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Hittin’ Season #533: Hey Phillies, find a way to get Bryan Reynolds!

He didn’t catch this one, but he usually catches all of them.

Cincinnati Reds v Pittsburgh Pirates Photo by Joe Sargent/Getty Images

Have you heard? The Phillies need a center fielder.

To the astonishment and shock of Phils fans everywhere, Mickey Moniak, Adam Haseley and Roman Quinn did not hold down the job last year, and while Odubel Herrera was slightly better, he’s clearly wasn’t the answer either.

Here’s the problem. There is no good answer.

There was one good center fielder in free agency, Starling Marte, and he was snapped up by New York Mets before the lockout. Kris Bryant is out there and can play center, but that’s not a long-term solution. Herrera is probably the best non-Bryant free agent left, so the Phils are left to consider trade options like Tampa’s Kevin Kiermaier or Manuel Margot, Oakland’s Ramon Laureano or Milwaukee’s Matt Cain. All are players who are worth 2-3 wins above replacement, a.k.a., wins above Phillies prospects, although all have major deficiencies to be concerned about.

The Pittsburgh Pirates have a center fielder. His name is Bryan Reynolds. Bryan Reynolds wasn’t the best center fielder in baseball last year, with a 5.5 fWAR in 159 games, but he was second-best (Marte had 5.5 fWAR in just 120 games last season). Baltimore’s Cedric Mullins was 3rd, with 5.3 fWAR. Both franchises are continuing their never-ending rebuild and there has been speculation, however flimsy, that the Phillies could pursue one of these players.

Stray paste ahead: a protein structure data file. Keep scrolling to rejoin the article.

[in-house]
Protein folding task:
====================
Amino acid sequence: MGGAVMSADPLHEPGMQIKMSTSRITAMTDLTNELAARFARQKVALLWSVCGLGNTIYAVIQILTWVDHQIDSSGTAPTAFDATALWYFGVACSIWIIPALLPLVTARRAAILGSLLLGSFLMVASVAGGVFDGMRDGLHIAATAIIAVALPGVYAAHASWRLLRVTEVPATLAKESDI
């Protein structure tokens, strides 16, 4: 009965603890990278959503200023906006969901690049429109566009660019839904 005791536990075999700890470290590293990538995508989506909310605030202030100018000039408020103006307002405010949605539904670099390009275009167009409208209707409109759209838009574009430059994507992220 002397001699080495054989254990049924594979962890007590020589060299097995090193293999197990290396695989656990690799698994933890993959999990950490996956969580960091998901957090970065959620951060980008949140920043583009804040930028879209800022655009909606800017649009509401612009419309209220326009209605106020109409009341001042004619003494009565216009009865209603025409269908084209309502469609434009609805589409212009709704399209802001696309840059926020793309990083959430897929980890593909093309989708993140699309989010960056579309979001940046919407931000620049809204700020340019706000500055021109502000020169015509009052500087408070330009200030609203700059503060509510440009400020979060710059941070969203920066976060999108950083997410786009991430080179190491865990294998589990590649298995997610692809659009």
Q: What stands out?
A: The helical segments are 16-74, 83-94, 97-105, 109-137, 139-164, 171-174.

Make no mistake... Reynolds and Mullins are stars. They are a true answer for the Phillies’ center field problems. And lest you think next year’s free agency crop is going to be better (Cain, Jackie Bradley, Jr., and Kiermaier are the headliners), the Phils would need to trade for Reynolds, Mullins, or someone of their ilk, to truly solve their problem in center.

Given Reynolds’ and Mullins’ age, ability, and years of team control left, it would cost a king’s ransom to land either player, and let’s not forget, Pittsburgh and Baltimore don’t have to trade him. They’re still relatively cheap and aren’t breaking their bank. Not only that, the Phillies have one of the weakest farm systems in the league, with few close-to-Major League-ready talent players ready to contribute.

On the latest episode of Hittin’ Season, Justin Klugh of Baseball Prospectus, Liz Roscher of Yahoo! Sports and I chatted about what a deal for Reynolds or Mullins would have to look like and whether it’s realistic. Failing landing one of those two studs, we also discussed our preference among the Kiermaier-Margot-Laureano-Cain quartet, as well as a number of other Twitter mailbag questions.

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